Edited by Stanley B. Prusiner, University of California, San Francisco, CA, and approved December 23, 2003 (received for review September 9, 2003)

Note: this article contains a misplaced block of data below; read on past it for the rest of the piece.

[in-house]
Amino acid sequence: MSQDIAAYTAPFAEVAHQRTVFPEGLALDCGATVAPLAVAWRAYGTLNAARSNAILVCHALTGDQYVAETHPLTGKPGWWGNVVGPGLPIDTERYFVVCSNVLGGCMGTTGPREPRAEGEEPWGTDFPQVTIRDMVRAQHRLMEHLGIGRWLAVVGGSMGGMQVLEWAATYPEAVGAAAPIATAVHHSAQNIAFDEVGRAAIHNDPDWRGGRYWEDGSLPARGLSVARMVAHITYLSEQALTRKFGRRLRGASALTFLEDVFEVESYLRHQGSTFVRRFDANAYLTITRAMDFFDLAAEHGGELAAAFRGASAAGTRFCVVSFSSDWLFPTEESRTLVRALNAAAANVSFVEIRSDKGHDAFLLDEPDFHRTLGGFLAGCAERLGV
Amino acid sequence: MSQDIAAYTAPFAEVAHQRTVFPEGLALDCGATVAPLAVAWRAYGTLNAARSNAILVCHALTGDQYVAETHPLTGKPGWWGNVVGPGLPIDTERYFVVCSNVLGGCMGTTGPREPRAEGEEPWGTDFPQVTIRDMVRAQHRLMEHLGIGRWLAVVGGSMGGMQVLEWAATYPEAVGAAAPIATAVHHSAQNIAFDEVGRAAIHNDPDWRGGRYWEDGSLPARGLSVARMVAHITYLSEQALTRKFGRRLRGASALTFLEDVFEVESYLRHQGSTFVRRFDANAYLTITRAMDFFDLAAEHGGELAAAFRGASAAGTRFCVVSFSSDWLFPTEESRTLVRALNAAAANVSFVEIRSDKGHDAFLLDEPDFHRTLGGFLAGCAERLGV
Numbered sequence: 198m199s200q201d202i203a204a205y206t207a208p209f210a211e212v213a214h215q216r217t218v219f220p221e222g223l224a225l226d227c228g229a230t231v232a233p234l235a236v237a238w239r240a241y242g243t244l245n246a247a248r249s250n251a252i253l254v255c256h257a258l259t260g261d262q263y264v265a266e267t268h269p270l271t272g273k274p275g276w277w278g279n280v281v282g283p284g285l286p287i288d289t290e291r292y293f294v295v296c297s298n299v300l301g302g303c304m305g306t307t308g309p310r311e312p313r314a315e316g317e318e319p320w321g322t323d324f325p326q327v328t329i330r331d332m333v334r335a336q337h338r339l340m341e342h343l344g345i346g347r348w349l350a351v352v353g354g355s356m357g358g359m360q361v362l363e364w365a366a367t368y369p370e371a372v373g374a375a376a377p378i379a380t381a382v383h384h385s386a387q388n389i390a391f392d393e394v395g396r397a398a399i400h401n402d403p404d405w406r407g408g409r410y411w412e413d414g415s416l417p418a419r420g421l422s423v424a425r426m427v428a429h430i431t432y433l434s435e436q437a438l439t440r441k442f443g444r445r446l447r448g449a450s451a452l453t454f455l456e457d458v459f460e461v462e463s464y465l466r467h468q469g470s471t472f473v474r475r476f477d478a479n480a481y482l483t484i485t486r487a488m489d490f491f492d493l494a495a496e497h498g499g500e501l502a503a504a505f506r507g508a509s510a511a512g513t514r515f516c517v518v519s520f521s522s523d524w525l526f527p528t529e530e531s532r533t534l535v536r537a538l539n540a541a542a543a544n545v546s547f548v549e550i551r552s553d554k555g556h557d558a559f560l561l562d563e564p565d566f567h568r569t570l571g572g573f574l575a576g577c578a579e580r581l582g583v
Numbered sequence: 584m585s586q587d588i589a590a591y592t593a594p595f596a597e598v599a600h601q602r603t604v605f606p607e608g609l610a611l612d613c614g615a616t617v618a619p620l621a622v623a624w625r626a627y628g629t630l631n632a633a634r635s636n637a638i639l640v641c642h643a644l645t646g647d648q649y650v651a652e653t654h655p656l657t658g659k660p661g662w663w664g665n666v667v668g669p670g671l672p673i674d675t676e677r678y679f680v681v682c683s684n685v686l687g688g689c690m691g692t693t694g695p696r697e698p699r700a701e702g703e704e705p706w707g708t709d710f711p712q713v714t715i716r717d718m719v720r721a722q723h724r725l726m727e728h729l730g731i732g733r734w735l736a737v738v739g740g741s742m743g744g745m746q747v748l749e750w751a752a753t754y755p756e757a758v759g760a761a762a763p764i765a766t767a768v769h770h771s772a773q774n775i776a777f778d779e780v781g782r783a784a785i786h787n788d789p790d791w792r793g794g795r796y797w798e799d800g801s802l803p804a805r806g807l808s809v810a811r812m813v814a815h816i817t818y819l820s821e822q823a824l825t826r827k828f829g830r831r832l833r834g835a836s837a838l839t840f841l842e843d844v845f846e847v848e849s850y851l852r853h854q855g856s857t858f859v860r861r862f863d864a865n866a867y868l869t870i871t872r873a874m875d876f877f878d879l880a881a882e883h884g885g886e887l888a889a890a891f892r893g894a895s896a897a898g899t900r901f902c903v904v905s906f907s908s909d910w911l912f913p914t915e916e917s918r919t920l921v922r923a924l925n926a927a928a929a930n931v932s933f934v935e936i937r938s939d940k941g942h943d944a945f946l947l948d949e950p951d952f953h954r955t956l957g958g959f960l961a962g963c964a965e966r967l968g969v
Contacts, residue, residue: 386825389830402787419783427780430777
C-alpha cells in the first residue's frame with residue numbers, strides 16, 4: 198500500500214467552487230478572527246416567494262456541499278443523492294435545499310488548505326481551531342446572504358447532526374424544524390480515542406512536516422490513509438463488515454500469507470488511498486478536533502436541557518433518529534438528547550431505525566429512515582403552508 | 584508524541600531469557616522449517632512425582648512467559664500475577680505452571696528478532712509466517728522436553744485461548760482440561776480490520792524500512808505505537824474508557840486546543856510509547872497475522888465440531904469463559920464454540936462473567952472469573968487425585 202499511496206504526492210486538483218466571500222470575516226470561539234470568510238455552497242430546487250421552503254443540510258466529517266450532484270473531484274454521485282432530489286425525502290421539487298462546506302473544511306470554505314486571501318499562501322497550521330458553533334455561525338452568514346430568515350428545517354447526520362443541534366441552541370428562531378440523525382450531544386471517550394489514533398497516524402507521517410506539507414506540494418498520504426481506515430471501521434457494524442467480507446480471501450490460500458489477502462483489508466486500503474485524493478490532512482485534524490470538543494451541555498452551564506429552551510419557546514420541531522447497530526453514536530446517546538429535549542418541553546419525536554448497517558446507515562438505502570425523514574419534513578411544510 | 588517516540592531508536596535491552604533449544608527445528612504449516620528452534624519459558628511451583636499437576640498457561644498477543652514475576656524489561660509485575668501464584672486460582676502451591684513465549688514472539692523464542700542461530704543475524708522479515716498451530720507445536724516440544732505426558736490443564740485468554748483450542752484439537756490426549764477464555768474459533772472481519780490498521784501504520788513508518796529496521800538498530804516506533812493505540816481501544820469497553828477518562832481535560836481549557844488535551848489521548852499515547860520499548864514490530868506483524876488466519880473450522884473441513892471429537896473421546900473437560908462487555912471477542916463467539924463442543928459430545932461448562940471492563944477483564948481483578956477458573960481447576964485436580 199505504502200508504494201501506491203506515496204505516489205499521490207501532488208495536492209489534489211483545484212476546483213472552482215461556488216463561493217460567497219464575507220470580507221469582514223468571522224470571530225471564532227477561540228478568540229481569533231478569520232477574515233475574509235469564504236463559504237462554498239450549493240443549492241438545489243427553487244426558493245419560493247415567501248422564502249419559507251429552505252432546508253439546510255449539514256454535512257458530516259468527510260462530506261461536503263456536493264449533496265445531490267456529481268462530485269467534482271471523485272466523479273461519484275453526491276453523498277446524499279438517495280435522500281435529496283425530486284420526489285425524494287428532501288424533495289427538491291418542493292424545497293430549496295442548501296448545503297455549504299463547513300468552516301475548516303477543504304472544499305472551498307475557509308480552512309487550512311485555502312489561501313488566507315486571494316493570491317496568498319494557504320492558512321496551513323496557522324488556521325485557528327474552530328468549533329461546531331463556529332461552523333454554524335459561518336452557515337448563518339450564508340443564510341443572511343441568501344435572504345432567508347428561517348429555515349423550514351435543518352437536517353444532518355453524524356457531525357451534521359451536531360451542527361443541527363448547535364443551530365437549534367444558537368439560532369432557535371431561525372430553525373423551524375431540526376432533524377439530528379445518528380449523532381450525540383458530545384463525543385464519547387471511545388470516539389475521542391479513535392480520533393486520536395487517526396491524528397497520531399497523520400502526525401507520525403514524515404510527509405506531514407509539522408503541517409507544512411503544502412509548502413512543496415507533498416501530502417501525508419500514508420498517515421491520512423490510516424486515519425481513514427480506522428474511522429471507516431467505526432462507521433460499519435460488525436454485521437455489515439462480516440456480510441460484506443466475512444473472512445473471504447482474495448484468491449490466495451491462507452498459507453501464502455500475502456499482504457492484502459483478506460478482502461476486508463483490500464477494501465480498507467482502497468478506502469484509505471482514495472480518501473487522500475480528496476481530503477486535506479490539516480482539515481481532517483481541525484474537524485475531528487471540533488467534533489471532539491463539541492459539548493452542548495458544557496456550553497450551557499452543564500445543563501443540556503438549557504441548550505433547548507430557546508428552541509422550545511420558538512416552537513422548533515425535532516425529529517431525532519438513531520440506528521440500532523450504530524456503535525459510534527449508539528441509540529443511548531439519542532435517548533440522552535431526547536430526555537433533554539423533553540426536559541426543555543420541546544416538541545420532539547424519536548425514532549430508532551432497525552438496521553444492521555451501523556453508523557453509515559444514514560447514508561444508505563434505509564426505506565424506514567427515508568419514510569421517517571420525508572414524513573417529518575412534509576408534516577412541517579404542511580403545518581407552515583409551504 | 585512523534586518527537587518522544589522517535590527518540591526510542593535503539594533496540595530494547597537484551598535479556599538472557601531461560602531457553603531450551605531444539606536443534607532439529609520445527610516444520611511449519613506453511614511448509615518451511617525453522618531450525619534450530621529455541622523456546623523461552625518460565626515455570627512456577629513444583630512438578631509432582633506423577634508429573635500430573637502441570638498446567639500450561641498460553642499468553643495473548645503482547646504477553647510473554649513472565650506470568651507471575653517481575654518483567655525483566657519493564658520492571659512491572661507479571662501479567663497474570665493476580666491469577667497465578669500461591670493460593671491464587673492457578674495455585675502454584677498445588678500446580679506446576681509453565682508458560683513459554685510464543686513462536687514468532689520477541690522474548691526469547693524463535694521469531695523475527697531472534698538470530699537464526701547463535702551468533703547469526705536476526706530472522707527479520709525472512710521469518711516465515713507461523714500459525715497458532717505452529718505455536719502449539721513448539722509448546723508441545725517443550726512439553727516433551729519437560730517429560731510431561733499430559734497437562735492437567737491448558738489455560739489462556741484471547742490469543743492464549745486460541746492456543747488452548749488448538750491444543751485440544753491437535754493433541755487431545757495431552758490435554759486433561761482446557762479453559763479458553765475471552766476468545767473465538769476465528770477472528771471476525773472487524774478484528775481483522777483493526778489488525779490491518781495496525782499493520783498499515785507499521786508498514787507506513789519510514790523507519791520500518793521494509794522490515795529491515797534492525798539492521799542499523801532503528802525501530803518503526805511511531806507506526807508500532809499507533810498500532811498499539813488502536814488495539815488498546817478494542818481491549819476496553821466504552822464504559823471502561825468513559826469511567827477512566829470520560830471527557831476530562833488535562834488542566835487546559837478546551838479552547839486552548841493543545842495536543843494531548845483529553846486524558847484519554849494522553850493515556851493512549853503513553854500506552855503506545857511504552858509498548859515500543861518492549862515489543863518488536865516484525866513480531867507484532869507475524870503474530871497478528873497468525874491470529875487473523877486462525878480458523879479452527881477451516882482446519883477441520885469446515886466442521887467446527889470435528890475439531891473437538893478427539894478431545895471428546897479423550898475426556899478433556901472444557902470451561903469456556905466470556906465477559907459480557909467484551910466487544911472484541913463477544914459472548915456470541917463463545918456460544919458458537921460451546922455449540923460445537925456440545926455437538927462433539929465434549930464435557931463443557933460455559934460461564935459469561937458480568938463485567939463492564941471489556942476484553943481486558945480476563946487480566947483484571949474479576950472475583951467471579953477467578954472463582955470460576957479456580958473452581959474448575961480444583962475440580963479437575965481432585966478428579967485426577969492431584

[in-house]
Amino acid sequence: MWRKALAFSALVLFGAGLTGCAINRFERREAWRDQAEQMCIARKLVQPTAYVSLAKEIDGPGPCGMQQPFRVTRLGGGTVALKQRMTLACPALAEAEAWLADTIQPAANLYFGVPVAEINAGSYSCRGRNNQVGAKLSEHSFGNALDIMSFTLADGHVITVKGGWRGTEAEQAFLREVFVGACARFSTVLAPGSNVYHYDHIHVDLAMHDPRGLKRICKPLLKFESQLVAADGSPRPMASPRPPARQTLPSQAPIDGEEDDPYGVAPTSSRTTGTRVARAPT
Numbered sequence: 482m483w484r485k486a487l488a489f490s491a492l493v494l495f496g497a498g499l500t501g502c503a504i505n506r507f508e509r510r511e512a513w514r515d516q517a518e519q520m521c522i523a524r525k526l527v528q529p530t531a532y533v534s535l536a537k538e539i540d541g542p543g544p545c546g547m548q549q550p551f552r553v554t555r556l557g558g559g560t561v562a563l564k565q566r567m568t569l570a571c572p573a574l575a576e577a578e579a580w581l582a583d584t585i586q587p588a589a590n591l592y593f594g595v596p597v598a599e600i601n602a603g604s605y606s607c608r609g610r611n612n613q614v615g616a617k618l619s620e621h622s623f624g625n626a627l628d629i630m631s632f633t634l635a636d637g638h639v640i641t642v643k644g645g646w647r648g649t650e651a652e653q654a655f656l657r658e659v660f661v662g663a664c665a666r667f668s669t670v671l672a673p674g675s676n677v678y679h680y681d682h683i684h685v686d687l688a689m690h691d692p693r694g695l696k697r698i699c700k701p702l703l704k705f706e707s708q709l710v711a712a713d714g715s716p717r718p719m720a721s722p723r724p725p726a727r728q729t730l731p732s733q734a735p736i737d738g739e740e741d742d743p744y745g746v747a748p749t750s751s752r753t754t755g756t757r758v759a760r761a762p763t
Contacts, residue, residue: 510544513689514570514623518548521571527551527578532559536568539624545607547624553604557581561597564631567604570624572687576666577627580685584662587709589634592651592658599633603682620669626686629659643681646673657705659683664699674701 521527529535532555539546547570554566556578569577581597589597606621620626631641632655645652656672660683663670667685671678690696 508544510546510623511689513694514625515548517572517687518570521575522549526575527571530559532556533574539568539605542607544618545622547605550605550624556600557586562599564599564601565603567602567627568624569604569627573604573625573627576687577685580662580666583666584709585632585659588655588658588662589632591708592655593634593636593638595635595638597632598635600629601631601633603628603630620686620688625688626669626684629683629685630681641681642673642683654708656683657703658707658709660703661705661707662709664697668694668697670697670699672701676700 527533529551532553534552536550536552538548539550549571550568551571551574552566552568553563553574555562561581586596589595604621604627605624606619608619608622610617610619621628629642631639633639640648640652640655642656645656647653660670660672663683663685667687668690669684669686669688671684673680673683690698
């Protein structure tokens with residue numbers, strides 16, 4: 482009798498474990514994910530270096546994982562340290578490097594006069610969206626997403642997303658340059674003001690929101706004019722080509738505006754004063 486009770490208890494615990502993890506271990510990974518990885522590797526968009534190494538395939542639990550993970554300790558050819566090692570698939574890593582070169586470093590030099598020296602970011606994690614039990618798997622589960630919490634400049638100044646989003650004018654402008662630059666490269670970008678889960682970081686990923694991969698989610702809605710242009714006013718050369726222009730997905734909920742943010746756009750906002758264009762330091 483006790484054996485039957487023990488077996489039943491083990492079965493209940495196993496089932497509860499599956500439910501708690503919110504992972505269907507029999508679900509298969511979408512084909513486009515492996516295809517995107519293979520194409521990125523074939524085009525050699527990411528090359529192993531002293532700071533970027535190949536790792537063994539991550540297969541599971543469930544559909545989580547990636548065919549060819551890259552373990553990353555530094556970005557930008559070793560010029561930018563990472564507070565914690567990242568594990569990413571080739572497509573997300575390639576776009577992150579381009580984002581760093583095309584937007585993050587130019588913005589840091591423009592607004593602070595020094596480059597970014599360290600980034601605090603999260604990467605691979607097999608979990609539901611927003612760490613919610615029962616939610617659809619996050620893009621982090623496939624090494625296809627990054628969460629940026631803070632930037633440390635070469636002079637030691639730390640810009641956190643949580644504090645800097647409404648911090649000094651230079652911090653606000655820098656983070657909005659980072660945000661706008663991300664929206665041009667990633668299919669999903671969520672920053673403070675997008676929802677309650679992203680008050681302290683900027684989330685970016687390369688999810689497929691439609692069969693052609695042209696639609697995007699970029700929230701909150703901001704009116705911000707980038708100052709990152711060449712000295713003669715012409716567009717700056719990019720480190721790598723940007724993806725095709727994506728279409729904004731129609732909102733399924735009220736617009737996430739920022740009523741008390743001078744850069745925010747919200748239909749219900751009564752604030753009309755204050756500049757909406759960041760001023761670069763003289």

Transmissible spongiform encephalopathies (TSEs), or prion diseases, are mammalian neurodegenerative disorders characterized by a posttranslational conversion and brain accumulation of an insoluble, protease-resistant isoform (PrPSc) of the host-encoded cellular prion protein (PrPC). Human and animal TSE agents exist as different phenotypes that can be biochemically differentiated on the basis of the molecular mass of the protease-resistant PrPSc fragments and the degree of glycosylation. Epidemiological, molecular, and transmission studies strongly suggest that the single strain of agent responsible for bovine spongiform encephalopathy (BSE) has infected humans, causing variant Creutzfeldt–Jakob disease. The unprecedented biological properties of the BSE agent, which circumvents the so-called ‘‘species barrier’’ between cattle and humans and adapts to different mammalian species, has raised considerable concern for human health. To date, it is unknown whether more than one strain might be responsible for cattle TSE or whether the BSE agent undergoes phenotypic variation after natural transmission. Here we provide evidence of a second cattle TSE. The disorder was pathologically characterized by the presence of PrP-immunopositive amyloid plaques, as opposed to the lack of amyloid deposition in typical BSE cases, and by a different pattern of regional distribution and topology of brain PrPSc accumulation. In addition, Western blot analysis showed a PrPSc type with predominance of the low molecular mass glycoform and a protease- resistant fragment of lower molecular mass than BSE-PrPSc. Strikingly, the molecular signature of this previously undescribed bovine PrPSc was similar to that encountered in a distinct subtype of sporadic Creutzfeldt–Jakob disease.